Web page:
Hi Chima, I agree with you on how you said it can be hard to curb violence without police intervention especially with the gang related issues nowadays but it is not impossible. If people are taught and shown how to respect one another rather than use violence as a source of action, the community can change very much and make the world a better place to live in. To add on I like how you gave an example oh how in Chicago people would be scared to leave their homes since without policing people will not even feel safe because of the high rate of gun violence in the state. In addition like I mentioned if people are being taught the right way at home and school which is to be respectful and treat others with equality, people wont have to use guns or even use violence as a source of action. Lastly, You did a great job writing this discussion board this week, keep up the great work!
Hey Chima Okereke,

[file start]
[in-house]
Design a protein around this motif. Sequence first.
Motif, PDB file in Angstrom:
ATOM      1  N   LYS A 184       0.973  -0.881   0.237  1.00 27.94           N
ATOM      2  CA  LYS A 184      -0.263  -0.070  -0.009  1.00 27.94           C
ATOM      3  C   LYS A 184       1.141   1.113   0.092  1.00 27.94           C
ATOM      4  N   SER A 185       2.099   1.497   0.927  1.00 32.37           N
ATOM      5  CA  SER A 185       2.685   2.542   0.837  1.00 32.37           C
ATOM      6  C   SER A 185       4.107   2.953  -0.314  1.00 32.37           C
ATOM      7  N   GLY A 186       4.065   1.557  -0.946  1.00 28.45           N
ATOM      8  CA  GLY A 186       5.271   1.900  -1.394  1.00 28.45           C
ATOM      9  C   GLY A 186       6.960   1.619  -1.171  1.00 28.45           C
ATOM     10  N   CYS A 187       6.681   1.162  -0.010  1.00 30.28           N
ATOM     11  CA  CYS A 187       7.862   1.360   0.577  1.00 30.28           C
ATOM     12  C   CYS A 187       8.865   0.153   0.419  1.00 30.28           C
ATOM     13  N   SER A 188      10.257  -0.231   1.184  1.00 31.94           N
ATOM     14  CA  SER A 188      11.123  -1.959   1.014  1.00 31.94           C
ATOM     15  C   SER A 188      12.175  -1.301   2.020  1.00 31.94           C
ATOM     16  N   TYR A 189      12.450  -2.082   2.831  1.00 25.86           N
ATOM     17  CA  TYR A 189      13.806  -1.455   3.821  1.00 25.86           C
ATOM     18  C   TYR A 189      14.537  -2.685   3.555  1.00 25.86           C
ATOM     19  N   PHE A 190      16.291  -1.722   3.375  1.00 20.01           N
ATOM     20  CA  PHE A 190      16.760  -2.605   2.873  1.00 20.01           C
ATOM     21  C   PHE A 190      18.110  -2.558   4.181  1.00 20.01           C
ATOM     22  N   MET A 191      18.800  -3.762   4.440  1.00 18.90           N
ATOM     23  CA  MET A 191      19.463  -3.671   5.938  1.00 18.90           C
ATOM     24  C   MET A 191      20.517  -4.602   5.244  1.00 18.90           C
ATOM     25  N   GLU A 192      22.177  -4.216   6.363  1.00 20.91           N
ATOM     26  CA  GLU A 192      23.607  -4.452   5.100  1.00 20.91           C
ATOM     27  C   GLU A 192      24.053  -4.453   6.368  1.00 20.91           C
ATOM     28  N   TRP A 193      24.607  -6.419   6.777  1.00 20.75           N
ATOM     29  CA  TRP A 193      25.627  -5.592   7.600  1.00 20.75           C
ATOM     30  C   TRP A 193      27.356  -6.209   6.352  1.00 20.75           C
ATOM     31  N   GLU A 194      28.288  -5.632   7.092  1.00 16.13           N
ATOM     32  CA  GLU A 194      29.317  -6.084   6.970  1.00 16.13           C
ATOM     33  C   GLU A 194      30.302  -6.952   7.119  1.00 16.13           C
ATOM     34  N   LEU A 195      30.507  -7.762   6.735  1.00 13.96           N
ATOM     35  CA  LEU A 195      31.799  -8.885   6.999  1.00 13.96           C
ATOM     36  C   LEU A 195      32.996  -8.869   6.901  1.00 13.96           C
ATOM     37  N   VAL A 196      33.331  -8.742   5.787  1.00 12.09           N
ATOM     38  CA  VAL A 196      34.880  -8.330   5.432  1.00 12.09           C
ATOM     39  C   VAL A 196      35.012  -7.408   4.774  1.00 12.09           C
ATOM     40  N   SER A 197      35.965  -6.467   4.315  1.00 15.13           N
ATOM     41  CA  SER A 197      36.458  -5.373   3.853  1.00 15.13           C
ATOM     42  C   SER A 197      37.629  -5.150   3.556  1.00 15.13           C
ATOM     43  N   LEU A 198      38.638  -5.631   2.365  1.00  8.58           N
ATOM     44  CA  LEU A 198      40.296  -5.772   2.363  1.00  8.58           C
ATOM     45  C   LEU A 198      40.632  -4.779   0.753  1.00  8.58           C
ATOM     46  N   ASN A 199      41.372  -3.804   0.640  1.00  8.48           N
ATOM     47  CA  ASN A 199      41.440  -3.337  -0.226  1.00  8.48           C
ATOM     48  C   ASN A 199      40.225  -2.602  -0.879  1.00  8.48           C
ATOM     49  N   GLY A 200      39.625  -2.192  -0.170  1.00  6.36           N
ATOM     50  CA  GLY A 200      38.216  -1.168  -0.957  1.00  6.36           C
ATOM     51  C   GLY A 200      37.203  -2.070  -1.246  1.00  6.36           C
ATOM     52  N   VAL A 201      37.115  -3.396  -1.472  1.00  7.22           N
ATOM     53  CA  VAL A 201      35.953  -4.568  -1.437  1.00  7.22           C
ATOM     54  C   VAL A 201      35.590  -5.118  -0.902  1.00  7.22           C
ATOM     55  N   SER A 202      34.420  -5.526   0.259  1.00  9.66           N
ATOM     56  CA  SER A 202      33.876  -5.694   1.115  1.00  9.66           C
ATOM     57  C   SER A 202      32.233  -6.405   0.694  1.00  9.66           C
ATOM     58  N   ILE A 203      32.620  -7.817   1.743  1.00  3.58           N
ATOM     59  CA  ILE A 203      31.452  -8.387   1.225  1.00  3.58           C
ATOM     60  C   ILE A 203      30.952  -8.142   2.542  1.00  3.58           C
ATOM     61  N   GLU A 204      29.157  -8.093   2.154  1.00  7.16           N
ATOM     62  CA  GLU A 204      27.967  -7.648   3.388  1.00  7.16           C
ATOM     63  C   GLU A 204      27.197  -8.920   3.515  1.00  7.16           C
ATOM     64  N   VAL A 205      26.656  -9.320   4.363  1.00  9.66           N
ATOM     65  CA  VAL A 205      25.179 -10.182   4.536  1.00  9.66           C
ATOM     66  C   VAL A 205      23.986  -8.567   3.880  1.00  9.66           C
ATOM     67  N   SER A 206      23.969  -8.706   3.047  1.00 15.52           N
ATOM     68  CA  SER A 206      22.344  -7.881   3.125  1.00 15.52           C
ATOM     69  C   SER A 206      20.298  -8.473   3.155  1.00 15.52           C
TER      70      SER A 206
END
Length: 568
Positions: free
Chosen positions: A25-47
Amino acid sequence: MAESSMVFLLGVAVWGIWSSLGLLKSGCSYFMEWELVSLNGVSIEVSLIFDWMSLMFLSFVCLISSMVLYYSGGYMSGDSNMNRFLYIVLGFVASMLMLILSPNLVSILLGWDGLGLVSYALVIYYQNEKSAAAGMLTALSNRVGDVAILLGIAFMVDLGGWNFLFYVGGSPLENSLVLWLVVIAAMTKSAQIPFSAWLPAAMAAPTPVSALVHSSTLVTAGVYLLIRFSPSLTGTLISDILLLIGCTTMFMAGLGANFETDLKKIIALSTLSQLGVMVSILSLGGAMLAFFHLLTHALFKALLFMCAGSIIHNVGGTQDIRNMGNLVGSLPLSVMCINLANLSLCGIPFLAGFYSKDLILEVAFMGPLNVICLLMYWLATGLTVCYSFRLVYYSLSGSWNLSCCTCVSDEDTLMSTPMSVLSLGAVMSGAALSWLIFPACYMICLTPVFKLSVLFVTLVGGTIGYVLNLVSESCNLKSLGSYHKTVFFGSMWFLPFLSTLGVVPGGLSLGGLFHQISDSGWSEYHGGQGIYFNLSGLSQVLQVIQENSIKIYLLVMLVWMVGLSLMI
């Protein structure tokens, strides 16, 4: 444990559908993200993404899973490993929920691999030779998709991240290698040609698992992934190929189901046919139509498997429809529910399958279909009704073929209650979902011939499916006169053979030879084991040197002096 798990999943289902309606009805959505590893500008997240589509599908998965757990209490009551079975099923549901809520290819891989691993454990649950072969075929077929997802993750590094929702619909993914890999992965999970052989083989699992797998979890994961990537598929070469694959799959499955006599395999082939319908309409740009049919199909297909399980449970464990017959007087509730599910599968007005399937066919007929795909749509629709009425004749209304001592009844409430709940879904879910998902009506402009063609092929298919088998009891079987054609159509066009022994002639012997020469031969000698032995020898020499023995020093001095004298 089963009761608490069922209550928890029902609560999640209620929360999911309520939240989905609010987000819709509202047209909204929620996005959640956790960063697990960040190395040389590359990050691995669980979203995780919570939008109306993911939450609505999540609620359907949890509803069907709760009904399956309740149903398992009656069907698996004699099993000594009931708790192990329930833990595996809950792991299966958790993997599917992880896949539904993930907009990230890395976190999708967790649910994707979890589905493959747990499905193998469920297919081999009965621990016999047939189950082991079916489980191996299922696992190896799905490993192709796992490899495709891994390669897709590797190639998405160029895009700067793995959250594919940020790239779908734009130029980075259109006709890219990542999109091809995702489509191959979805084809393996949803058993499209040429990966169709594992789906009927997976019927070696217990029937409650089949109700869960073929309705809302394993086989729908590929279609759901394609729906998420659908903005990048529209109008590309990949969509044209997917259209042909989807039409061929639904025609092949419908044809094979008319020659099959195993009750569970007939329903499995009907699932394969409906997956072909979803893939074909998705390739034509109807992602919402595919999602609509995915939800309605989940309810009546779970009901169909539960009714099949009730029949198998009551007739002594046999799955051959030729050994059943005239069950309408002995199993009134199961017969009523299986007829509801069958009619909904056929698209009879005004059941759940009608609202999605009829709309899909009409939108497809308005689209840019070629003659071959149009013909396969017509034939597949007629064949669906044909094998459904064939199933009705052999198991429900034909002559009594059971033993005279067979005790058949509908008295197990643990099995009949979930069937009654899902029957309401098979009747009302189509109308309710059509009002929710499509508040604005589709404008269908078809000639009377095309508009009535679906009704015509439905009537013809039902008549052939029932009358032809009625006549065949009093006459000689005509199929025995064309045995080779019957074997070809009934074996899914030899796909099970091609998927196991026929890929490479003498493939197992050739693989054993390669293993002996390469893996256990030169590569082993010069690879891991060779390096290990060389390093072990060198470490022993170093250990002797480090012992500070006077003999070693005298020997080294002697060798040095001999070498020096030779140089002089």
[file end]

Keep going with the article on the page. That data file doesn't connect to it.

I agree with what you have stated, it is not possible to curb violence without police intervention especially with what has been going on now such as gang-related issues. Now in days, gangs are rising which means violence is rising as well. The article does mention that in order to avoid much police intervention, the author of the article did include many strategies. I think that having these strategies can be a way of lessening the crimes and not having much police intervention. For example, guns are one of the issues and reasons why crime has been increasing. Now in days, anyone can go and purchase cause that’s how easy it is for anyone to get their hands on a gun. As long as you look over 18 and look stable, there you go, you got a gun, something like that should not happen. People that have mental issues are able to get their hands on a gun. Shootings are happening everywhere, whether in schools, grocery stores, places that should be safe, isn’t safe anymore. If we put a stricter law regarding guns, I believe crimes might decrease. Not only that but I also agree with what you said about politicians speaking about this matter and that they are well protected themselves. It simply doesn’t affect them. But the general public has to live in fear of not only criminal activities but also police brutality. Police officers are simply not given proper training to treat people in such a harsh way. People wouldn’t be losing their lives if they were trained properly. Gun control is a must if we want to reduce violence without police intervention.